Space Invaders—the video game that effectively set the interactive entertainment industry on fire—turned thirty-five this year.
And thirty-five is a magic number when it comes to copyright termination. Thirty-five is effectively Cinderella’s midnight for hundreds, perhaps thousands, of music, book, film, and video game publishers who believe they have secured the intellectual property rights to another’s work indefinitely.
What may surprise them (and you) is that in 1976 Congress amended Section 203 of the United States Copyright Act, allowing authors of works published after 1978 to reclaim the rights to their creations. And, in some instances, these rights extend to video games.
David Perry’s gone and done it again. The iconic, Irish-born video game developer and techno-entrepreneur has found another pot of gold at the end of the digital rainbow. This time, a company he co-founded, Gaikai, has been purchased by Sony Computer Entertainment for a reported $380 million dollars, just three years after Perry became involved.
The thing that gets me most, and yes, I’m green with Irish envy, is that I can’t even pronounce Gaikai correctly. I've know for some time what Dave's company was up to, but honestly until thirty seconds ago, I had no idea that the cloud-based video game company was named after a Japanese word meaning “Open Ocean.” If fact, I—like a zillion other folks who a month ago were aimlessly wondering the halls of the E3, the massive video game trade show held annually in Los Angeles—had to pronounce the six-letter combo with an uncertain, guttural, choking sound. More often than not, the sentence ended with, “You know, the company Dave Perry is behind,” as if his endorsement made the clumsy name a selling point rather than a fatal marketing flaw.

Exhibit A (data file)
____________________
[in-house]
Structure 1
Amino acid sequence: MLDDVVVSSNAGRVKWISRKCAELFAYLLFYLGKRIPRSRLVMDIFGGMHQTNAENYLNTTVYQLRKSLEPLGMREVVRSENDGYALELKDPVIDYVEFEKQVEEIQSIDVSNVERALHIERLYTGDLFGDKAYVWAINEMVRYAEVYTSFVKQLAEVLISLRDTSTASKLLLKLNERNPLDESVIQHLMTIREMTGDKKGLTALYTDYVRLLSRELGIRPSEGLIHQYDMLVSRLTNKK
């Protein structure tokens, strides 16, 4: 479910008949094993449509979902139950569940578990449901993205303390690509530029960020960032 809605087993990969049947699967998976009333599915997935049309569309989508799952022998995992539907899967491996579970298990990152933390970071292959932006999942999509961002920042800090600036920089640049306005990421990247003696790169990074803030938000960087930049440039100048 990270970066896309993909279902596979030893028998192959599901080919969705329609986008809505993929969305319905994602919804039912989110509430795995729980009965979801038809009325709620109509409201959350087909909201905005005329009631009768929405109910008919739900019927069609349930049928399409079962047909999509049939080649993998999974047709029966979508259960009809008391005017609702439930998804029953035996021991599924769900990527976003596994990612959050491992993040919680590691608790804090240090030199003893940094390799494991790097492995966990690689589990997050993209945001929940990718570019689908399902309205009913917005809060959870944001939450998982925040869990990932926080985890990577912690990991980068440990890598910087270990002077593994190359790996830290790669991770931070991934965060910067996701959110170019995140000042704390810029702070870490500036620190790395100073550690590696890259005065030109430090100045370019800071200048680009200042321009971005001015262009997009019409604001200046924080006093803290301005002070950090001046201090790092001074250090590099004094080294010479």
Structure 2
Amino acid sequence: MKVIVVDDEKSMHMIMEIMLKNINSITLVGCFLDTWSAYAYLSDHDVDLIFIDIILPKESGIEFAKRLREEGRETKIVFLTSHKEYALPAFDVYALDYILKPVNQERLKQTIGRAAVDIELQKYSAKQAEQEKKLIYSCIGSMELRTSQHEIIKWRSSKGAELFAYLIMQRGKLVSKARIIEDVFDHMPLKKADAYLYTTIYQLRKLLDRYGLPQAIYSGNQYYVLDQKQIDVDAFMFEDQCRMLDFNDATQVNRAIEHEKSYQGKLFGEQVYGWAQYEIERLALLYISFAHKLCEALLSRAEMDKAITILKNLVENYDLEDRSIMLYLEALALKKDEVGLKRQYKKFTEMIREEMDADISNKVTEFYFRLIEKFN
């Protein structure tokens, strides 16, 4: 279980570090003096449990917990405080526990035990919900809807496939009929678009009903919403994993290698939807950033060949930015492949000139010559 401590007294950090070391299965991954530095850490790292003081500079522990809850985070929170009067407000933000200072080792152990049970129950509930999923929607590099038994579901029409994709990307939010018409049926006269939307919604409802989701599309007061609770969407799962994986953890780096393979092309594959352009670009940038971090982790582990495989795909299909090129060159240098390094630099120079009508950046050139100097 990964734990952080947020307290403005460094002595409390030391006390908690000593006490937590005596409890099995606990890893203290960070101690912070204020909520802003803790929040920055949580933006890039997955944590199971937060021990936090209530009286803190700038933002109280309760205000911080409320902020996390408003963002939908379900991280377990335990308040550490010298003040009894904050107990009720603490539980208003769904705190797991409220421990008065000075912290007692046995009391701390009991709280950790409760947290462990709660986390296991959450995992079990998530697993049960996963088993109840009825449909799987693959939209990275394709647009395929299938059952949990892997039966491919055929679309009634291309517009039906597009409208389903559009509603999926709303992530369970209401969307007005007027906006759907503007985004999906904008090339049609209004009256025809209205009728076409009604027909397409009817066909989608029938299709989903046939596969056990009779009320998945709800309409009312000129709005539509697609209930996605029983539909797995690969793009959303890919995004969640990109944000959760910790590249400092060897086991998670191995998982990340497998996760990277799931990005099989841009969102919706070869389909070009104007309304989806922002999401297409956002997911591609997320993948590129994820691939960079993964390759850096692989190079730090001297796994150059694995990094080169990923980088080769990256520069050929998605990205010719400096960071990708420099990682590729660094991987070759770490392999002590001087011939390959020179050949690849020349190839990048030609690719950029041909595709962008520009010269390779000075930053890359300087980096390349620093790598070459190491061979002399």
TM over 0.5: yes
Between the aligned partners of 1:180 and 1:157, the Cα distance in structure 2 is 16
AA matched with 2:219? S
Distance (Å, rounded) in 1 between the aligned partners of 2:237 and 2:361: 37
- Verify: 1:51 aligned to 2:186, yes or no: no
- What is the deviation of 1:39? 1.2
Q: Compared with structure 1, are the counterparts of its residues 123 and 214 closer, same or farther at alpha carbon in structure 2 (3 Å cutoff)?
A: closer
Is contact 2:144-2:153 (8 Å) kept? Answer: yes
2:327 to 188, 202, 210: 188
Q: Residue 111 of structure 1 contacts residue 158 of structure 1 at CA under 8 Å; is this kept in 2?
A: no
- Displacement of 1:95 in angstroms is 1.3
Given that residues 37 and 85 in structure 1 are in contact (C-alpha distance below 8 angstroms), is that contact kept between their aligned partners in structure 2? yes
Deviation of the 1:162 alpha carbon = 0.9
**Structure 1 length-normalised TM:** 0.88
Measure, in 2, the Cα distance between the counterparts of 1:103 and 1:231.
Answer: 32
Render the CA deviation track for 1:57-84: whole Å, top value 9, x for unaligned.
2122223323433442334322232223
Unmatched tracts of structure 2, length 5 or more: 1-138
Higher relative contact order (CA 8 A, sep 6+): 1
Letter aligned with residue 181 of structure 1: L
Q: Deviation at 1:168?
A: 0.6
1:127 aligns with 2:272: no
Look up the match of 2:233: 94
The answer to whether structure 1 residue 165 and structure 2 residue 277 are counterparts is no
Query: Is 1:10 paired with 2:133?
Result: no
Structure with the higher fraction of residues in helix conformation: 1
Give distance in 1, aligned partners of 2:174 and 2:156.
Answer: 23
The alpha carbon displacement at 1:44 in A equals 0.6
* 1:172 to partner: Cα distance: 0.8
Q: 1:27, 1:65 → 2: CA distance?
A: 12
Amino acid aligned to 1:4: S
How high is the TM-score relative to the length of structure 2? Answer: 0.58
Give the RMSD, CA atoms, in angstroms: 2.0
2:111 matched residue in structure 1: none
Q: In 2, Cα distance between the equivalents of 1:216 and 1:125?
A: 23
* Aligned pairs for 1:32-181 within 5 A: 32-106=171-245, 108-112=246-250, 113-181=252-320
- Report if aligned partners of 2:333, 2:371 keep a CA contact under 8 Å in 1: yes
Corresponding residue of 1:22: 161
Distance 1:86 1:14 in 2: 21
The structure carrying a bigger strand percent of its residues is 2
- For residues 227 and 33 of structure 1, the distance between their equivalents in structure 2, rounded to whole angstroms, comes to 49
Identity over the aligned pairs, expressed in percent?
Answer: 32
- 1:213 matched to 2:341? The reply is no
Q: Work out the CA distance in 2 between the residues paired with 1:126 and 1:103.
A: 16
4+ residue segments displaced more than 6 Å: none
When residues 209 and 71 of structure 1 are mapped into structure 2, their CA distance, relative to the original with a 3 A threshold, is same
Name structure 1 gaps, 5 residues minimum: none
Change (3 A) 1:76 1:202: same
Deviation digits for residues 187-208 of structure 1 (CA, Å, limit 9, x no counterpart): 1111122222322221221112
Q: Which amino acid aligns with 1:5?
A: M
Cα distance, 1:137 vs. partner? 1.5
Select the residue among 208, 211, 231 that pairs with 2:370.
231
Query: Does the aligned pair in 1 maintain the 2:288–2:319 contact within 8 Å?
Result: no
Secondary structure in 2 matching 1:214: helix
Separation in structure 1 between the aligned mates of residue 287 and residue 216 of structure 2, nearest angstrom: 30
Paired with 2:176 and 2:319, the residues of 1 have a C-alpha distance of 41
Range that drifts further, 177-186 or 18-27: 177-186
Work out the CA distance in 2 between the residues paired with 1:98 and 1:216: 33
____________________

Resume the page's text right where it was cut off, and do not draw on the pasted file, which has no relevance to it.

In 1794 Eli Whitney invented the cotton gin. If you’re a bit rusty on the American industrial revolution, Mr. Whitney’s agricultural device mechanized the arduous process of extracting cottonseeds from the plant fibers. Its promise of timesaving was revolutionary. Its simplistic design was ingenious. The cotton gin transformed the cotton industry, helping to establish it as a commodity, enabling America to emerge as a player on the world economic scene.
So what does this have to do with video game acquisitions, and more specifically to ngmoco?
Money…bum ba da dah.
I'm all right, Jack.
Keep your hands off my stack.
When trying to understand video game acquisition logic, Pink Floyd knows what to look for. Cash. Bread. Quid. Dinero. Acquisitions are motivated by the prospect of earning money.
Neal Young, president of upstart video game developer, gets out bed these days, he’s got a virtual world smile on his face. After all, the former Electronic Arts executive just sold his newbie iPhone development company to Japanese social gaming publisher DeNa Co., Ltd. for an earth shattering, body-slamming $403 million dollars. While questionable, big-dollar acquisitions are nothing new in the video game industry – few can forget Microsoft’s acquisition of Banjo-Kazooie developer Rare for $375 million – Young’s coup d'état is that ngmoco is barely two years. According to my iPhone calculator app, I figure Neal and is fun-n-games cadre earned a whopping half a million dollars a day, just for breathing, just for being alive.
Dan Rogers is a practicing attorney within the video game and digital media industries. He’s also the author of several articles on the video game industry, technology, and digital law.